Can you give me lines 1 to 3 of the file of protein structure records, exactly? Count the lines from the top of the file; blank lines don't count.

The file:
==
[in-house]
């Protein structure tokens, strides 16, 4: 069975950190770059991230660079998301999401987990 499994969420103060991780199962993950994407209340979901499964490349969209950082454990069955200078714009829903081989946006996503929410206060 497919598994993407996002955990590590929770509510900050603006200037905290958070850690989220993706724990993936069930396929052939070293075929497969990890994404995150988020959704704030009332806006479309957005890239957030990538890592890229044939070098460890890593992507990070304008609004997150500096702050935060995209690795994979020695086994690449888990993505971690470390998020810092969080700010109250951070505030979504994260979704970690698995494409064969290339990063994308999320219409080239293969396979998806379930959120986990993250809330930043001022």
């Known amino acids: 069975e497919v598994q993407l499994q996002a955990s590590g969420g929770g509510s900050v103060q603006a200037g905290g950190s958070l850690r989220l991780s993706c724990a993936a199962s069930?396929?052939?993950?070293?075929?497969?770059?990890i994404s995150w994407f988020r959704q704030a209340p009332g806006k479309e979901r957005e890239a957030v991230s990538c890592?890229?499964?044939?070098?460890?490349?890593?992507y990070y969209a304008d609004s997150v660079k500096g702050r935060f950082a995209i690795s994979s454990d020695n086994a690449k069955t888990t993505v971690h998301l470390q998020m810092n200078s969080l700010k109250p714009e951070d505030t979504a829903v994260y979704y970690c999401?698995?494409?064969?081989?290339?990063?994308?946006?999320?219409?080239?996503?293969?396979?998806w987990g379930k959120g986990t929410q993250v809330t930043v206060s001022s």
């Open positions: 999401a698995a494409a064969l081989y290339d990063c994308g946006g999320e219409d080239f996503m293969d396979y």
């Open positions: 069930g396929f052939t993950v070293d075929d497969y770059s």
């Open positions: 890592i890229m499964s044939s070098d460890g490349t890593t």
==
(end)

[in-house]
């Protein structure tokens, strides 16, 4: 069975950190770059991230660079998301999401987990 499994969420103060991780199962993950994407209340979901499964490349969209950082454990069955200078714009829903081989946006996503929410206060 497919598994993407996002955990590590929770509510900050603006200037905290958070850690989220993706724990993936069930396929052939070293075929497969990890994404995150988020959704704030009332806006479309957005890239957030990538890592890229044939070098460890890593992507990070304008609004997150500096702050935060995209690795994979020695086994690449888990993505971690470390998020810092969080700010109250951070505030979504994260979704970690698995494409064969290339990063994308999320219409080239293969396979998806379930959120986990993250809330930043001022």
């Known amino acids: 069975e497919v598994q993407l499994q996002a955990s590590g969420g929770g509510s900050v103060q603006a200037g905290g950190s958070l850690r989220l991780s993706c724990a993936a199962s069930?396929?052939?993950?070293?075929?497969?770059?990890i994404s995150w994407f988020r959704q704030a209340p009332g806006k479309e979901r957005e890239a957030v991230s990538c890592?890229?499964?044939?070098?460890?490349?890593?992507y990070y969209a304008d609004s997150v660079k500096g702050r935060f950082a995209i690795s994979s454990d020695n086994a690449k069955t888990t993505v971690h998301l470390q998020m810092n200078s969080l700010k109250p714009e951070d505030t979504a829903v994260y979704y970690c999401?698995?494409?064969?081989?290339?990063?994308?946006?999320?219409?080239?996503?293969?396979?998806w987990g379930k959120g986990t929410q993250v809330t930043v206060s001022s």